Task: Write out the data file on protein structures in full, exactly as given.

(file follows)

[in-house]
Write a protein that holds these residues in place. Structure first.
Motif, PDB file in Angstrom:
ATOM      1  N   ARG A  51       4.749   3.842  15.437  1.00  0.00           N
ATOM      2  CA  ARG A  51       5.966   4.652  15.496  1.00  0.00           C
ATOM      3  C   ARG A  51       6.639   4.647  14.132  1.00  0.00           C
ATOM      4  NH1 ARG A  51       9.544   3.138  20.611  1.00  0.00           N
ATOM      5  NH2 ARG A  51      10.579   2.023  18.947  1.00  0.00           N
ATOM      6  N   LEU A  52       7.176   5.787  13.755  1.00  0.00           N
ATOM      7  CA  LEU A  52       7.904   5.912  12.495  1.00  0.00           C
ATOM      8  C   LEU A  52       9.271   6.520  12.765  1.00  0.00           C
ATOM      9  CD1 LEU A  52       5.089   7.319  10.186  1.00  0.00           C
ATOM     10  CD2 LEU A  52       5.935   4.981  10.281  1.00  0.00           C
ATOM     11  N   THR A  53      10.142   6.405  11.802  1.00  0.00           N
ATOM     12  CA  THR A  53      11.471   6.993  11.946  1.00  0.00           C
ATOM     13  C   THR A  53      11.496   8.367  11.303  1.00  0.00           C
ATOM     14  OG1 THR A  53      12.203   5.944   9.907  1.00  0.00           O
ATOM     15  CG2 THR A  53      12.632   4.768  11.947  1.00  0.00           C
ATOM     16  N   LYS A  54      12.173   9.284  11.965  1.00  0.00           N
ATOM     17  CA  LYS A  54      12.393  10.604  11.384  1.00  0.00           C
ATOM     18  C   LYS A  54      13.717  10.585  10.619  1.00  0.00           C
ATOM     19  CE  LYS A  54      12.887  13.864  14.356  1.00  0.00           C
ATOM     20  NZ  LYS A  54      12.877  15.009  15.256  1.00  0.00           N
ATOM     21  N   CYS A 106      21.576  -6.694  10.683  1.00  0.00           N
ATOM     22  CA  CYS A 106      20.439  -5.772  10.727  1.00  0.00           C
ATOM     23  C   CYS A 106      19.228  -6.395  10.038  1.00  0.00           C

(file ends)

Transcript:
[in-house]
Write a protein that holds these residues in place. Structure first.
Motif, PDB file in Angstrom:
ATOM      1  N   ARG A  51       4.749   3.842  15.437  1.00  0.00           N
ATOM      2  CA  ARG A  51       5.966   4.652  15.496  1.00  0.00           C
ATOM      3  C   ARG A  51       6.639   4.647  14.132  1.00  0.00           C
ATOM      4  NH1 ARG A  51       9.544   3.138  20.611  1.00  0.00           N
ATOM      5  NH2 ARG A  51      10.579   2.023  18.947  1.00  0.00           N
ATOM      6  N   LEU A  52       7.176   5.787  13.755  1.00  0.00           N
ATOM      7  CA  LEU A  52       7.904   5.912  12.495  1.00  0.00           C
ATOM      8  C   LEU A  52       9.271   6.520  12.765  1.00  0.00           C
ATOM      9  CD1 LEU A  52       5.089   7.319  10.186  1.00  0.00           C
ATOM     10  CD2 LEU A  52       5.935   4.981  10.281  1.00  0.00           C
ATOM     11  N   THR A  53      10.142   6.405  11.802  1.00  0.00           N
ATOM     12  CA  THR A  53      11.471   6.993  11.946  1.00  0.00           C
ATOM     13  C   THR A  53      11.496   8.367  11.303  1.00  0.00           C
ATOM     14  OG1 THR A  53      12.203   5.944   9.907  1.00  0.00           O
ATOM     15  CG2 THR A  53      12.632   4.768  11.947  1.00  0.00           C
ATOM     16  N   LYS A  54      12.173   9.284  11.965  1.00  0.00           N
ATOM     17  CA  LYS A  54      12.393  10.604  11.384  1.00  0.00           C
ATOM     18  C   LYS A  54      13.717  10.585  10.619  1.00  0.00           C
ATOM     19  CE  LYS A  54      12.887  13.864  14.356  1.00  0.00           C
ATOM     20  NZ  LYS A  54      12.877  15.009  15.256  1.00  0.00           N
ATOM     21  N   CYS A 106      21.576  -6.694  10.683  1.00  0.00           N
ATOM     22  CA  CYS A 106      20.439  -5.772  10.727  1.00  0.00           C
ATOM     23  C   CYS A 106      19.228  -6.395  10.038  1.00  0.00           C